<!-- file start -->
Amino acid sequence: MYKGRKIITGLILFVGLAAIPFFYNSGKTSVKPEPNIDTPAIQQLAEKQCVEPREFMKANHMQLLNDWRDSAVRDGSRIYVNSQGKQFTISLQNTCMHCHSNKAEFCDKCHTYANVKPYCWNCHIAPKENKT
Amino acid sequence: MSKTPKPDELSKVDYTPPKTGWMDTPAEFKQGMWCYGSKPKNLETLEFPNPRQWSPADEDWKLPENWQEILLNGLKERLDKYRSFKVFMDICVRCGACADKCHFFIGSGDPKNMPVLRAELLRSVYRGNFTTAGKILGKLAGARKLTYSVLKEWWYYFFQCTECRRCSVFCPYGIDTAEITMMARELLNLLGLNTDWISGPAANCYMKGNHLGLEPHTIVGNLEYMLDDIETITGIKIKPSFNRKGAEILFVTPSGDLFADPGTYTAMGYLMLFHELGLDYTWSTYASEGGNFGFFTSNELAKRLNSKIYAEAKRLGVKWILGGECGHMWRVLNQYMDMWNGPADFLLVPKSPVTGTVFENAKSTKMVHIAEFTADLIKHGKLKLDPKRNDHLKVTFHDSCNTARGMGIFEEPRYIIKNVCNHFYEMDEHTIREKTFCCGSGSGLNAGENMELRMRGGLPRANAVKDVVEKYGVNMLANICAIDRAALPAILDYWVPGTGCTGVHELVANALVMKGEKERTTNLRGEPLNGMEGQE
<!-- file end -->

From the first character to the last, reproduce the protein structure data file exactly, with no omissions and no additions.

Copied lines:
Amino acid sequence: MYKGRKIITGLILFVGLAAIPFFYNSGKTSVKPEPNIDTPAIQQLAEKQCVEPREFMKANHMQLLNDWRDSAVRDGSRIYVNSQGKQFTISLQNTCMHCHSNKAEFCDKCHTYANVKPYCWNCHIAPKENKT
Amino acid sequence: MSKTPKPDELSKVDYTPPKTGWMDTPAEFKQGMWCYGSKPKNLETLEFPNPRQWSPADEDWKLPENWQEILLNGLKERLDKYRSFKVFMDICVRCGACADKCHFFIGSGDPKNMPVLRAELLRSVYRGNFTTAGKILGKLAGARKLTYSVLKEWWYYFFQCTECRRCSVFCPYGIDTAEITMMARELLNLLGLNTDWISGPAANCYMKGNHLGLEPHTIVGNLEYMLDDIETITGIKIKPSFNRKGAEILFVTPSGDLFADPGTYTAMGYLMLFHELGLDYTWSTYASEGGNFGFFTSNELAKRLNSKIYAEAKRLGVKWILGGECGHMWRVLNQYMDMWNGPADFLLVPKSPVTGTVFENAKSTKMVHIAEFTADLIKHGKLKLDPKRNDHLKVTFHDSCNTARGMGIFEEPRYIIKNVCNHFYEMDEHTIREKTFCCGSGSGLNAGENMELRMRGGLPRANAVKDVVEKYGVNMLANICAIDRAALPAILDYWVPGTGCTGVHELVANALVMKGEKERTTNLRGEPLNGMEGQE